So far, a Grand Slam title has eluded the 28-year-old right-hander, despite her illustrious track record, and she opens against the 2014 US Open girls’ singles finalist, Anhelina Kalinina, one of 7 Ukrainians in the draw, all of whom landed in the top half.
Pliskova’s path is laden with potential pitfalls and the first seed in the Czech’s path, projected for the Round of 32, is No 28 Jennifer Brady, who won her first WTA singles title in Lexington in the second week of the restart earlier this month.
In the Czech’s section and potential 4th-round opponents are No 13 seed Alison Riske and former World No 1 and No 17 seed Angelique Kerber, who defeated Pliskova to hoist the 2016 Open trophy.
The German takes on Alja Tomljanovic in the first match on Louis Armstrong Stadium.
The second women’s match on Armstrong features 16-year old Coco Gauff, who squares off against No 31 seed Anastasija Sevastova of Latvia in one of the most intriguing opening-round matches in the whole draw.
Gauff is among a bunch of exciting young players in the draw, led by No 11 seed Elena Rybakina from Kazakhstan, who laid claim to being the most in-form player of the season’s first 8 weeks.
The 21-year-old is joined in the field by a host of rising stars, including 20-year-old Ukrainian Dayana Yastremska (seeded No 19), and a projected third-round match between the two talents is certainly one to watch.
Among those who have yet to turn 20 are 11 teenagers: Robin Montgomery (15), Gauff (16), Katrina Scott (16), Leylah Fernandez (17), Hailey Baptiste (18), Marta Kostyuk (18), Caty McNally (18), Whitney Osuigwe (18), Amanda Anisimova (19), Iga Swiatek (19) and Kaja Juvan (19).
In the bottom half action on Tuesday, reigning Australian Open champion and World No 4 Sofia Kenin, the most accomplished of the 21-and-unders, is drawn against 2009 US Open semi-finalist Yanina Wickmayer of Belgium in her opener.
“Obviously it’s something that I obviously think about, I remember,” Kenin said of winning in Melbourne. “It was such a great moment.
“It’s something I’ll never forget, but it’s a little bit hard given the circumstances, what happened.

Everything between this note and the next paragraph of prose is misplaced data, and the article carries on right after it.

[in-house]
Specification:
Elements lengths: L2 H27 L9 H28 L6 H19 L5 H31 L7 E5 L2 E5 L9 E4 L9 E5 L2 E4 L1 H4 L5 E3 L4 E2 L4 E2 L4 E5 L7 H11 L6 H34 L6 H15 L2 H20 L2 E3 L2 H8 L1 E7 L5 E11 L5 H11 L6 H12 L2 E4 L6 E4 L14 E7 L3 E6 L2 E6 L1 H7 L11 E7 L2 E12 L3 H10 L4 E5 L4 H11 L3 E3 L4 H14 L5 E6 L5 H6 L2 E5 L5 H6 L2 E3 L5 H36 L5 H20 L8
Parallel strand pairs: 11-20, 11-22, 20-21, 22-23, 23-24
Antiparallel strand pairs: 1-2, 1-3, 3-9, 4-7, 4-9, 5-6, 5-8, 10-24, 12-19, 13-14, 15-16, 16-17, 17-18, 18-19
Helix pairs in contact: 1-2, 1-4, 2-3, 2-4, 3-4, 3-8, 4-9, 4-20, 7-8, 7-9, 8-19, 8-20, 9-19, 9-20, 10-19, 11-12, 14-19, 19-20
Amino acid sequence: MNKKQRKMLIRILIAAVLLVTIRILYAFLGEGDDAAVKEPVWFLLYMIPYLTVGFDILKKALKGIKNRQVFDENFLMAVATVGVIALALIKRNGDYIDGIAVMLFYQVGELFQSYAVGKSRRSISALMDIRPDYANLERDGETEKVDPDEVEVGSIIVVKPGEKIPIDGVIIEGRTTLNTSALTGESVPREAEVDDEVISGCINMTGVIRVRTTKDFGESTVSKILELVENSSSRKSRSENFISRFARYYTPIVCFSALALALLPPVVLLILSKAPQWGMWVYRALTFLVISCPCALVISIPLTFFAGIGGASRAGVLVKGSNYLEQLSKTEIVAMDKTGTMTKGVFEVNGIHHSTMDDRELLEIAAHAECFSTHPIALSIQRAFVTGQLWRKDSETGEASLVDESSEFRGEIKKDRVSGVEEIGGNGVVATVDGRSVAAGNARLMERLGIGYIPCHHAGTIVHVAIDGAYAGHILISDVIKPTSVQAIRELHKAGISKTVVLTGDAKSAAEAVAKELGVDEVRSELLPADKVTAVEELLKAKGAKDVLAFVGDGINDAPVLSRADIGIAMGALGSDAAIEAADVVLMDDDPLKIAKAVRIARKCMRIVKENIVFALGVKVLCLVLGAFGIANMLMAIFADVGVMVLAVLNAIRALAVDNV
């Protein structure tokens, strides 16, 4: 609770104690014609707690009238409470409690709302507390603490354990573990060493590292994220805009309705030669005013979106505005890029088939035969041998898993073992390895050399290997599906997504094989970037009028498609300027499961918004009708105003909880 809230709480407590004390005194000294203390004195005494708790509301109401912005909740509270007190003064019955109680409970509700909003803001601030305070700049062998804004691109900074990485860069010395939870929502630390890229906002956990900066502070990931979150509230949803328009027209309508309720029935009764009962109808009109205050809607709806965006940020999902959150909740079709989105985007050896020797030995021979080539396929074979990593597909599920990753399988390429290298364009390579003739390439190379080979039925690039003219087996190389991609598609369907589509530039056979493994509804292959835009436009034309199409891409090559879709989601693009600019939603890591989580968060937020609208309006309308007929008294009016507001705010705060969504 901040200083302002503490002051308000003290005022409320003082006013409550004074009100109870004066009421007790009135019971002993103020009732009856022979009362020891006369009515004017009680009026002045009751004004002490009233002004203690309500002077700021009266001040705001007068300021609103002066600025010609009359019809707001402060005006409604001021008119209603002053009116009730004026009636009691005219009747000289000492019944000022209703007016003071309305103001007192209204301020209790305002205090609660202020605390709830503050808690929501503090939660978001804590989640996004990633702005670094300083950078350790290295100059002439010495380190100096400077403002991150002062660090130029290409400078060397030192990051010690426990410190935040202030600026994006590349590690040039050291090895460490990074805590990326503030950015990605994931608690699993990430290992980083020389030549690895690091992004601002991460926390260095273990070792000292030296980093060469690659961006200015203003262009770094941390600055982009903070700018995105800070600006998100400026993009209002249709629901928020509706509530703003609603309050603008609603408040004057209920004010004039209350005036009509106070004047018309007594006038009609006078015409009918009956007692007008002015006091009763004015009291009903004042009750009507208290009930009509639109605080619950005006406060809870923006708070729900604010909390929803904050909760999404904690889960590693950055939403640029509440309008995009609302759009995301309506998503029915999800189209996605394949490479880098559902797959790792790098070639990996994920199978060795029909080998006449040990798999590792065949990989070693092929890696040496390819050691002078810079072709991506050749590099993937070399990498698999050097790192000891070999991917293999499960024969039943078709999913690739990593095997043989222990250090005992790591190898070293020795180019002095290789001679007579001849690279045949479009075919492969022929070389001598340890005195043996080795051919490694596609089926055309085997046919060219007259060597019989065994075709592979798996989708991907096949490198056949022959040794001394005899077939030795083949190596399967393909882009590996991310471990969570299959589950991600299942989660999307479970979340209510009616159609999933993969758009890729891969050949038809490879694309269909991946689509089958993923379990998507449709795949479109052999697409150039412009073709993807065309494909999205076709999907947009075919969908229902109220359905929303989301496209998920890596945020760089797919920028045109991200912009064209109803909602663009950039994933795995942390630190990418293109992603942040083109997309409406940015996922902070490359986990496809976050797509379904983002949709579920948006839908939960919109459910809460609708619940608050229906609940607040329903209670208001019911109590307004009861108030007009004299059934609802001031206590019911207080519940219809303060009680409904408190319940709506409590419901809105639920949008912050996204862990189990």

“Taking it into this week, I’m obviously going to use whatever I can from January, think about it, hopefully build up when I play here.”
She could potentially face another player who has shined here in New York before, the 2010 US Open finalist Vera Zvonareva, now 35 and a mother of a daughter born in 2016, who is back in the main draw in Flushing for just the second time since 2011.
Zvonareva faces the fast-rising Canadian teenager Fernandez in a clash of decades, with the winner projected to face Kenin.
Kim Clijsters, another veteran who was Zvonareva’s conquerer in that final when she captured her third and final US Open title a decade ago, returns as a wild card and and is dreaming of another deep run at in her first Grand Slam since 2012.
“Trying to imagine how that would feel, I think it would feel incredible,” she said . “I think what I focus on the most is to try and play good tennis. I think that’s where it starts for me, playing good tennis.”
The 37-year-old Belgian was forced to withdraw from last week’s Western & Southern Open in the New York bubble due to an abdominal injury, but is on course to begin the third tournament of her comeback against No 21 seed Ekaterina Alexandrova of Russia.
With a staggering 31 women in the draw this year, the United States boasts the most participants of any country by far and nearly tripling that of Russia, which has 12, while Great Britain has just 2.
So much will be different about this year’s event, but even with no fans to raise the roof in Arthur Ashe Stadium, the action between the lines will be as gripping as ever.
It starts today with 128 women, and ends in glory for one champion after a fortnight of drama and world-class tennis at the USTA Billie Jean King National Tennis Center in New York.
To view the action as it happens, tune in to Amazon Prime Video from 4pm BST.